Transcript for Florida Trial Reignites 'Stand Your Ground' Controversy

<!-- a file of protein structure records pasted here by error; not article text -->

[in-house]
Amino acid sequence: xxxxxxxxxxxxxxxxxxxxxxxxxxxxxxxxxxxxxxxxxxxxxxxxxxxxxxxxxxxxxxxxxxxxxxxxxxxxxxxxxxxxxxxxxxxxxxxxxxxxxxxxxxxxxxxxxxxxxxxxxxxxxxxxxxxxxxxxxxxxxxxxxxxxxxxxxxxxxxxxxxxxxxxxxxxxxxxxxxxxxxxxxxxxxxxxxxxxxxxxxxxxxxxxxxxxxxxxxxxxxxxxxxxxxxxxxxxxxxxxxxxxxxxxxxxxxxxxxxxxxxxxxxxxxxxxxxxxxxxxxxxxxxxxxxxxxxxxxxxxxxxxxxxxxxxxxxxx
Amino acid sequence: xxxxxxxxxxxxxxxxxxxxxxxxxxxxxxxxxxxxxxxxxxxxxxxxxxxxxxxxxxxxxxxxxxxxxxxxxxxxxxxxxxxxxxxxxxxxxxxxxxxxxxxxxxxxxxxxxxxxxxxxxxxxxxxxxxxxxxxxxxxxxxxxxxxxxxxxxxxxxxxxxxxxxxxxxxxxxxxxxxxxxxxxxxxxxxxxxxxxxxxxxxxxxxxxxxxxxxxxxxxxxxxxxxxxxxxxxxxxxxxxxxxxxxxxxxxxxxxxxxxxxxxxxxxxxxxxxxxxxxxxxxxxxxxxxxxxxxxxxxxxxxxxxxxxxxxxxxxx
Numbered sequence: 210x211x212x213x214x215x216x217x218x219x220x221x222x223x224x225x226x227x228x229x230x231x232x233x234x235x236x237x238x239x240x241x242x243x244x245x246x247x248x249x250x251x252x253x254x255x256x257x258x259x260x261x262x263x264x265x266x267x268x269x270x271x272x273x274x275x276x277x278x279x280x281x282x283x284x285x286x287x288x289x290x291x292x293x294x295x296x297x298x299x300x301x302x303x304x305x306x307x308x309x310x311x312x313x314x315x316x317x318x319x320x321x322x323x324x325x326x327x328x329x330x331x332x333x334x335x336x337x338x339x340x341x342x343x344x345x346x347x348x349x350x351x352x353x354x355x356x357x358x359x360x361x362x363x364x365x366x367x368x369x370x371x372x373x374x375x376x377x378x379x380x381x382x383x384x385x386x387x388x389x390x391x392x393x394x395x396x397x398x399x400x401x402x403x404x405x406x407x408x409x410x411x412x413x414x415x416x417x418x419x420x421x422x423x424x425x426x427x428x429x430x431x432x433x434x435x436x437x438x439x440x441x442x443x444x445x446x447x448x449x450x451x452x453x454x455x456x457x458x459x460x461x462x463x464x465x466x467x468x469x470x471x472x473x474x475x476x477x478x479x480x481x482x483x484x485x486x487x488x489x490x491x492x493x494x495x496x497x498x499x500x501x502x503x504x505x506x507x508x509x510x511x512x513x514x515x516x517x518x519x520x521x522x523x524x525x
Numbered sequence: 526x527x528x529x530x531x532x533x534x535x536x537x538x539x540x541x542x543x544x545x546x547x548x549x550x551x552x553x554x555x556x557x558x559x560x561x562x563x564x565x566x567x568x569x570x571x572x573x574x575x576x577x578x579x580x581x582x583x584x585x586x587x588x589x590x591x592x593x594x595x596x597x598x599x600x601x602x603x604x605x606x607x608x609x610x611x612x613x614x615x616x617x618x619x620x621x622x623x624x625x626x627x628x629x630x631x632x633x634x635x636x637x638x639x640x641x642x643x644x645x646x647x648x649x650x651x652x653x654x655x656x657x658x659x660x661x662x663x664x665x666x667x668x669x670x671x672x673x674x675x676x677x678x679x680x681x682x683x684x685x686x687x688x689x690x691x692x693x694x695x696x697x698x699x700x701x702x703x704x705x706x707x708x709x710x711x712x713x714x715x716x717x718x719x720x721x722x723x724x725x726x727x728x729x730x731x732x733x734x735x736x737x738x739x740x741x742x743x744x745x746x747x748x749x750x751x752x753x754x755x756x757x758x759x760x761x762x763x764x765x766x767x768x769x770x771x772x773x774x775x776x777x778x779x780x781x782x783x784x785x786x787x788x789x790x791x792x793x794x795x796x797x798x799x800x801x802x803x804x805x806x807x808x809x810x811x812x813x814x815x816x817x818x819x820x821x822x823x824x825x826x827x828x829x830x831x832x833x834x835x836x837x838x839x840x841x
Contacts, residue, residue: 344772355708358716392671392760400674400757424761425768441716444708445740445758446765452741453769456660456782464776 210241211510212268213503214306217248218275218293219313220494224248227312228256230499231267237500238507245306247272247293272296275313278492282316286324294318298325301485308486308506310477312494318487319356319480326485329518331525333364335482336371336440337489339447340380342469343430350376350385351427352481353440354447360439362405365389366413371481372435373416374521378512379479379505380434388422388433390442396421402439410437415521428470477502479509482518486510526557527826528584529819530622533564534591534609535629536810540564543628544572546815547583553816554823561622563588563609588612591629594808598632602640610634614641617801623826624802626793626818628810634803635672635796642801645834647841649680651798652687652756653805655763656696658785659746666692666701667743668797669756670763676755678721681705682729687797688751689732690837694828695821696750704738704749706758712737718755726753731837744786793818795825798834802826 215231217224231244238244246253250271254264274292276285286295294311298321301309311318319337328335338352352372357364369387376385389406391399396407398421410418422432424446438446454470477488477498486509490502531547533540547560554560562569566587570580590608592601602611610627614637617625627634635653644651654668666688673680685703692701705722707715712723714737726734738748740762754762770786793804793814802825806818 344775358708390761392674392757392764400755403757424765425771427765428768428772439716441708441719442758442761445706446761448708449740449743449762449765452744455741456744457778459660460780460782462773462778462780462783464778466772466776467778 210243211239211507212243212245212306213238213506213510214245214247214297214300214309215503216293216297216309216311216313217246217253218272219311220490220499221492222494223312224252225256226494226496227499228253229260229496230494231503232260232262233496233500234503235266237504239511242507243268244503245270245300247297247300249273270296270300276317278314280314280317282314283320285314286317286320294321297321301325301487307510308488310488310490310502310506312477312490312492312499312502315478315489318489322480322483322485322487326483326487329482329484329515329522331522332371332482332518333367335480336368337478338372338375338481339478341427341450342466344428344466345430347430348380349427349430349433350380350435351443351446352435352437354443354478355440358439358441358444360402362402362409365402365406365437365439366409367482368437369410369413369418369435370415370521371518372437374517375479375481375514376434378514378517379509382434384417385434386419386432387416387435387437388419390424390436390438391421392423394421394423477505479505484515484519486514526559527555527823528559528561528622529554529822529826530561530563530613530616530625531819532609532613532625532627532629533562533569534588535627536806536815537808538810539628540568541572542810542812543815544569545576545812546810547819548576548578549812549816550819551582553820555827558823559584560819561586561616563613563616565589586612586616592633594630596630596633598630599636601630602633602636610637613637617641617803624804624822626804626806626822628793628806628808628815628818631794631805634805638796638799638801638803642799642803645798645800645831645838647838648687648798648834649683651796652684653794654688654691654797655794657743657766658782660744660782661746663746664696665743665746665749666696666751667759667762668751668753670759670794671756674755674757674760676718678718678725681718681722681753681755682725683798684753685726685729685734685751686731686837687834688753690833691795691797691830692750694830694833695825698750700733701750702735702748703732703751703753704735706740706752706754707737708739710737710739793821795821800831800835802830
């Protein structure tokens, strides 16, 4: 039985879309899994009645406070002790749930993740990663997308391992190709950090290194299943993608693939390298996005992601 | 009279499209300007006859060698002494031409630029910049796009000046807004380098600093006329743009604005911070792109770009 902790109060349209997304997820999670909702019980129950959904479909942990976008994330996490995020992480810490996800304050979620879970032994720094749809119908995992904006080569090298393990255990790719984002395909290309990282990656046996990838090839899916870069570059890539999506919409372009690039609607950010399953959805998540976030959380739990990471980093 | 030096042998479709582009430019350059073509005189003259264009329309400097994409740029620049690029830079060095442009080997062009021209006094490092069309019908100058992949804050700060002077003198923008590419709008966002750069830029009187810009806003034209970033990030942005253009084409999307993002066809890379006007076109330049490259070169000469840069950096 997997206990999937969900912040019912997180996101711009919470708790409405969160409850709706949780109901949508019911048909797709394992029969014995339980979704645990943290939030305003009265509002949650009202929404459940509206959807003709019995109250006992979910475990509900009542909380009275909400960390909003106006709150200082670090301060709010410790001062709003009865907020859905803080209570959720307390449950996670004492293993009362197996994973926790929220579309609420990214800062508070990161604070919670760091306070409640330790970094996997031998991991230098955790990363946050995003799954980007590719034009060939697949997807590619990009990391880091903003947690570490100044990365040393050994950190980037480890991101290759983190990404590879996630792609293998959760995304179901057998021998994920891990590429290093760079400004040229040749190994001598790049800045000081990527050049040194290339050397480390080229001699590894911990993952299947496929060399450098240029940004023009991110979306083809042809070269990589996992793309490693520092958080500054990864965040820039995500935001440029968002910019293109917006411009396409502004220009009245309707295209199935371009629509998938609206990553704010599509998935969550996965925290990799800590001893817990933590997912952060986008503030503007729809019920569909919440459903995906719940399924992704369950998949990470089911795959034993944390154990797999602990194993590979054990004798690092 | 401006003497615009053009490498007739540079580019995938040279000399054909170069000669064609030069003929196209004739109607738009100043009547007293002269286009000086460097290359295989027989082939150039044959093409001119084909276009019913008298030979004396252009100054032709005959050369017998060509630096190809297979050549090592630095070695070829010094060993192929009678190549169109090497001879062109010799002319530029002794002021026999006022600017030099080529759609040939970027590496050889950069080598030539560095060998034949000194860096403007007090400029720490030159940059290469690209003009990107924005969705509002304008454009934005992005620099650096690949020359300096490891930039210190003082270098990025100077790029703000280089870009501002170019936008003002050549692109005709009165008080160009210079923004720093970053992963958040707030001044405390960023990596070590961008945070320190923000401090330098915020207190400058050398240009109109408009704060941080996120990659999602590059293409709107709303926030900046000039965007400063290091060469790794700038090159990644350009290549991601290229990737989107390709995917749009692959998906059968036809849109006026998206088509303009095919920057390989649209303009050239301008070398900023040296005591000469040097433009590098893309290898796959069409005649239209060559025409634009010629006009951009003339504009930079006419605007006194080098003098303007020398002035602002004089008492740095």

We do begin with the murder case in Florida that began with a fight over loud music. Michael Dunn is claiming self-defense. He may seek protection under Florida's stand your ground law. ABC's Steve osunsami has the story. Reporter: This morning his attorneys seat a jury for his murder trial, 47-year-old software developer Michael Dunn is pleading not guilty saying what happened outside this Florida gas station is a clear case of self-defense. 911, may I please have the ambulance? Reporter: They say it started over loud music coming interest this red SUV. Dunn and his girlfriend had left his son's wedding in November 2012 and was in the car outside asking four black teenagers in the durango to turn it down. Hey, would you mind turing that down? And they -- Reporter: In this interrogation video he explained that they then turned it back up. When he complained they started yelling from inside the vehicle. That's when Dunn says he saw something point at him from the SUV. Either a barrel or a stick but, sir, there -- they're like we're going to kill you. Reporter: Dunn says he grabbed a 9 millimeter fired four shots and walked outside his car as the SUV backed away. Jordan Davis, just 17 and in the backseat was killed. His three teenage friends survived. To justify what I did, on that second volley other than saying I thought they were going to be shooting back. Reporter: Police found no weapons in the SUV. Davis' mother heartbroken. Like vigilanteism. It's not just about Jordan. A lot of other people have died behind these laws. Reporter: The lead prosecutor is the same state attorney who failed to convict George Zimmerman who argued self-concerns in the shooting death of another black 17-year-old, trayvon martin. Steve osunsami. Let's talk about it with Dan Abrams. We just saw the picture of trayvon martin there. A young black man is dead right now. Stand your ground is being talked about. Are the cases really similar? Look, apart from the fact that they were both unarmed, they're not that similar and the key difference is that in the George Zimmerman case in my view the most important piece of evidence was the fact that he had injuries on the back of his head. Why was that so important? Because that forced the prosecutors to prove beyond a reasonable doubt that he didn't actually fear great bodily injury. Didn't reasonably believe he could have that or death inflicted upon him. Here there is no evidence of injury. There is no gun. It's that combination that is going to make this a much, much harder defense than George Zimmerman. Does he mean he cannot succeed? No, and, look, the key is really going to be self-defense. He did not seek a stand your ground hearing. Remember, one of the most controversial parts of it is it lets you try and avoid a trial and go to a judge and say I shouldn't be tried at all. There wasn't a stand your ground hearing here so it's stand your ground/self-defense, the most important question will be was he reasonable in his belief that he was trying to prevent death or great bodily injury. He says -- The authorities would say there's inconsistent statements in what he said so this -- I think that this is a much harder defense than was the case of George Zimmerman. Dan Abrams, thanks very much. Such a tragic loss of life.
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